Question

# One of the many fundamental particles in nature is the muon mu. This particle acts very...

One of the many fundamental particles in nature is the muon mu. This particle acts very much like a "heavy electron." It has a mass of 106 MeV/c^2, compared to the electron's mass of just 0.511 MeV/c^2. (We are using E = mc^2 to obtain the mass in units of energy and the speed of light c).

Unlike the electron, though, the muon has a finite lifetime, after which it decays into an electron and two very light particles called neutrinos (nu). We'll ignore the neutrinos throughout this problem.

If the muon is at rest, the characteristic time that it takes it to decay is about 2.2 microseconds. Most of the time, though, particles such as muons are not at rest and, if they are moving relativistically, their lifetimes are increased by time dilation.
In this problem we will explore some of these relativistic effects

let’s consider the effect of time dilation how far would the pion actually travel before decaying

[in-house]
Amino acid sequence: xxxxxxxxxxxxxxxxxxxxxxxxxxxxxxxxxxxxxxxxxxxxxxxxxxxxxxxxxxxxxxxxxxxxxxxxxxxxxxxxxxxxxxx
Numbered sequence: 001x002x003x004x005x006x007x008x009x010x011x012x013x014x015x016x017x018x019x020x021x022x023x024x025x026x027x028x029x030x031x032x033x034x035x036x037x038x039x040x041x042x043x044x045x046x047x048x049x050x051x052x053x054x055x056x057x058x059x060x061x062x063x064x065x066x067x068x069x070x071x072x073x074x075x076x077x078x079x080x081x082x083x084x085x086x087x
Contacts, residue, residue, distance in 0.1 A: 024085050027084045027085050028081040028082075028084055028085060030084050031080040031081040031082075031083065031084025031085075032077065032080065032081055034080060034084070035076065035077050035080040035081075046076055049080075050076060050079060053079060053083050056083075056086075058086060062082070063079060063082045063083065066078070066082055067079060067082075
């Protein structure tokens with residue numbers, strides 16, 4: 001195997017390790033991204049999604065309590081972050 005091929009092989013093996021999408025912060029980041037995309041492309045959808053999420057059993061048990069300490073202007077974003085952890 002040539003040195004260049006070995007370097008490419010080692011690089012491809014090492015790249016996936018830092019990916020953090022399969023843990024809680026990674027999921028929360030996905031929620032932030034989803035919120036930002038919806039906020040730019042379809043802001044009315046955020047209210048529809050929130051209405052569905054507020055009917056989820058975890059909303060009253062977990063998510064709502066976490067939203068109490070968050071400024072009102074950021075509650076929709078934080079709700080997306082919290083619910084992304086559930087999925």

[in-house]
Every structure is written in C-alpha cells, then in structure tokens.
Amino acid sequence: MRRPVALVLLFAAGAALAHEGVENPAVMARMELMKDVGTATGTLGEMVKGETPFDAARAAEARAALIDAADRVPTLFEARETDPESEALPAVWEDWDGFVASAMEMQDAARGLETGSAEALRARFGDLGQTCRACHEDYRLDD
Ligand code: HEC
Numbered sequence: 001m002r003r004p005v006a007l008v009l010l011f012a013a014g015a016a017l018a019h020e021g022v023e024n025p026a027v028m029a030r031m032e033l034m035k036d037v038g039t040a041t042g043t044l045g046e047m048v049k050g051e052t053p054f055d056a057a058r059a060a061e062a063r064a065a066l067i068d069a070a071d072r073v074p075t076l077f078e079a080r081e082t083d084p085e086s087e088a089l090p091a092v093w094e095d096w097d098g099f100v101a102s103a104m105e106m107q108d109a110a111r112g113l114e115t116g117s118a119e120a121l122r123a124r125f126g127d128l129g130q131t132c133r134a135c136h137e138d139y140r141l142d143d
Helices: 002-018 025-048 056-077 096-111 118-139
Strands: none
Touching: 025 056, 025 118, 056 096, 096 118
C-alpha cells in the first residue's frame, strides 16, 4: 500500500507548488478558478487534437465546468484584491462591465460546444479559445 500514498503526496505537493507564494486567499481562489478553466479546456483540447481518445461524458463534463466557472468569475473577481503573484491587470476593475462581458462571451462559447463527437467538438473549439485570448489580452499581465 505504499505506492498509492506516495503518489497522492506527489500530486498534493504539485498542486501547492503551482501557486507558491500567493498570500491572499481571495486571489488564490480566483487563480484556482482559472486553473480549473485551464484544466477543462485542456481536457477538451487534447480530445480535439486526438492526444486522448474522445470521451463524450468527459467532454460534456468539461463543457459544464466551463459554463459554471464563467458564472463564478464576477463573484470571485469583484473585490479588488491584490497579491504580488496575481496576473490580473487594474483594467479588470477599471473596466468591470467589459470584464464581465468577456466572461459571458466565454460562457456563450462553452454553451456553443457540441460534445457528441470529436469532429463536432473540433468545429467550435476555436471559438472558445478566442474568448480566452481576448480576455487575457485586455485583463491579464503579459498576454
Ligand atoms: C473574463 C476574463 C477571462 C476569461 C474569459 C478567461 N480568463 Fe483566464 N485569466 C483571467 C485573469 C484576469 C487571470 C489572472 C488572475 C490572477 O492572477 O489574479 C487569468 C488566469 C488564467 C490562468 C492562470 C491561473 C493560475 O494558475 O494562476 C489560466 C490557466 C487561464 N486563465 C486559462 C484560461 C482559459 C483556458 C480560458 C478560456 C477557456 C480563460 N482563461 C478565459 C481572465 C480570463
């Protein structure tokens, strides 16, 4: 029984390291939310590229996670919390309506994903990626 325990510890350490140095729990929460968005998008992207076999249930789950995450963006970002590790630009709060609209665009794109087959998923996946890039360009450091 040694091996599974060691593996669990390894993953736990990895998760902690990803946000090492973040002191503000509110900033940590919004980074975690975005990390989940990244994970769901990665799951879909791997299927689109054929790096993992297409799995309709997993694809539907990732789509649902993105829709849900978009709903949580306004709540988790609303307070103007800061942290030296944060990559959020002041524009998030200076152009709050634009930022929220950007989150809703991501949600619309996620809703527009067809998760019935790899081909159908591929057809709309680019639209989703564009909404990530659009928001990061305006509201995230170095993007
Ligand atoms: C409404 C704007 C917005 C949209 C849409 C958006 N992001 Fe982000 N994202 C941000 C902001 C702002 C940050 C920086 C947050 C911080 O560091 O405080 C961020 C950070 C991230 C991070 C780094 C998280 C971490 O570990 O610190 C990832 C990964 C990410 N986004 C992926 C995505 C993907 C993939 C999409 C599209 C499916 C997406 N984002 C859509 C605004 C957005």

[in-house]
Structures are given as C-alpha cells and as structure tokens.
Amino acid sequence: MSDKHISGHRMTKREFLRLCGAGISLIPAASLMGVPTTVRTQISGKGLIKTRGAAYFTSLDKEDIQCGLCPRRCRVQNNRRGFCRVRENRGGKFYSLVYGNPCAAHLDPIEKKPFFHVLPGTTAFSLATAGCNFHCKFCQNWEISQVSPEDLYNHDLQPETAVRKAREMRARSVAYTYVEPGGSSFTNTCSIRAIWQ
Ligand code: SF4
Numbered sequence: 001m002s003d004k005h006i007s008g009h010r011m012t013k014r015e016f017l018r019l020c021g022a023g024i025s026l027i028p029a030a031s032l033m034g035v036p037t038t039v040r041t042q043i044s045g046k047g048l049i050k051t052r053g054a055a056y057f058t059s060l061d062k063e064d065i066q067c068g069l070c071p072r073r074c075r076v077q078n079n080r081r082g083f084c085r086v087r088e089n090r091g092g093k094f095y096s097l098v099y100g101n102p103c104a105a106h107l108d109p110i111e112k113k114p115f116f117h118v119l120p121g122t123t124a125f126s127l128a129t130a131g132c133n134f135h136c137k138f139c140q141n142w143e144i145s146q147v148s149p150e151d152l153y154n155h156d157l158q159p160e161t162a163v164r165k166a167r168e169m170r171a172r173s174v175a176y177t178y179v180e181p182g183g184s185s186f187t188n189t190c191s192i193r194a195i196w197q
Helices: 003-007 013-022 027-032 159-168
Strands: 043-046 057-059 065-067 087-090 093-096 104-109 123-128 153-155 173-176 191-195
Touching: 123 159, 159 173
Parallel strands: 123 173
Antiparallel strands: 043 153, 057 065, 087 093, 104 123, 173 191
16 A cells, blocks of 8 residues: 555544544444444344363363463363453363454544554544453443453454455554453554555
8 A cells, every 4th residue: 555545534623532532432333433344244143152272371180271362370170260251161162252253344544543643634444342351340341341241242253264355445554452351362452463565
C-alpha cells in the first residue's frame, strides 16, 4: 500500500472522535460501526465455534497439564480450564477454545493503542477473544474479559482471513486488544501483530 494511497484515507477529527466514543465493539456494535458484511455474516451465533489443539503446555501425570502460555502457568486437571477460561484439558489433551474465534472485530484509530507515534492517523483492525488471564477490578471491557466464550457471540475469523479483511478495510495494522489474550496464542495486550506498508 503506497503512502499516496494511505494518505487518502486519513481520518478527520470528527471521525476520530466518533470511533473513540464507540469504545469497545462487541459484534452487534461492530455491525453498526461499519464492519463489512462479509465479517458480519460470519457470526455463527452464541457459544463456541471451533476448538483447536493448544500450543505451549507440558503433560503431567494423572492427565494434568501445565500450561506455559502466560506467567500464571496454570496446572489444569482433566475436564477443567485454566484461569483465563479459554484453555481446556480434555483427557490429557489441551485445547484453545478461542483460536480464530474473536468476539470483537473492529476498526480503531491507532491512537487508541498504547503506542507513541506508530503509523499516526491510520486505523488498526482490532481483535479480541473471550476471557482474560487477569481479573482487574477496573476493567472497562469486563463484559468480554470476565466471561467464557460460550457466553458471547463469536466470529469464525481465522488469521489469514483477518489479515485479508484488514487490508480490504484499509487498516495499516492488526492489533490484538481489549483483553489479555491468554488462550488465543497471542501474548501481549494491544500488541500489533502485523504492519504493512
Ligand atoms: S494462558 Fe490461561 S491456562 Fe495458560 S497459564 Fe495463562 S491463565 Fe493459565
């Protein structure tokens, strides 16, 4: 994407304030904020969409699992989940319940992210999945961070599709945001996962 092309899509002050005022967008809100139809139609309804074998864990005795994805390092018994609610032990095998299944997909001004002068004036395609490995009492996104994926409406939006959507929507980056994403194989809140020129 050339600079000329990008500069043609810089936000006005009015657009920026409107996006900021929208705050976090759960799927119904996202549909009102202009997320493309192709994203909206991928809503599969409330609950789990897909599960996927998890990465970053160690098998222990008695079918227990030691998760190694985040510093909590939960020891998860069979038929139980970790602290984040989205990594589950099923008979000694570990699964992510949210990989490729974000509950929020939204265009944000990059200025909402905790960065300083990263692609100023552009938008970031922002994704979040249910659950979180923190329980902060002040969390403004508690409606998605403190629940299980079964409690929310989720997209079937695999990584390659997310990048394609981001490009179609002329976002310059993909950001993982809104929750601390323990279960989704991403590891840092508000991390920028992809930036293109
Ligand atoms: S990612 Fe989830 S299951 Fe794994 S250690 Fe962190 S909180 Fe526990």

Cosmic rays are constantly raining down on the earth from outer space. (Figure 1)The majority of these cosmic rays are protons, and when upper atmosphere, they can convert into particles called pions (), which subsequently decay into muons with a characteristic lifetime of T.

their rest frame). These muons can then continuo down toward the earth until they too decay into electrons, which are so light that they stop atmosphere). Let's look at how time dilation affects those cosmic rays.

Suppose that a cosmic-ray proton crashes into a nitrogen molecule in the upper atmosphere. 45 km above the earth's surface, producing a pia a muon. Assume that the pion has a velocity of 99.99% the speed of light and decays into a muon, which, owing to kinematics, has a downward 99.9943% the speed of light.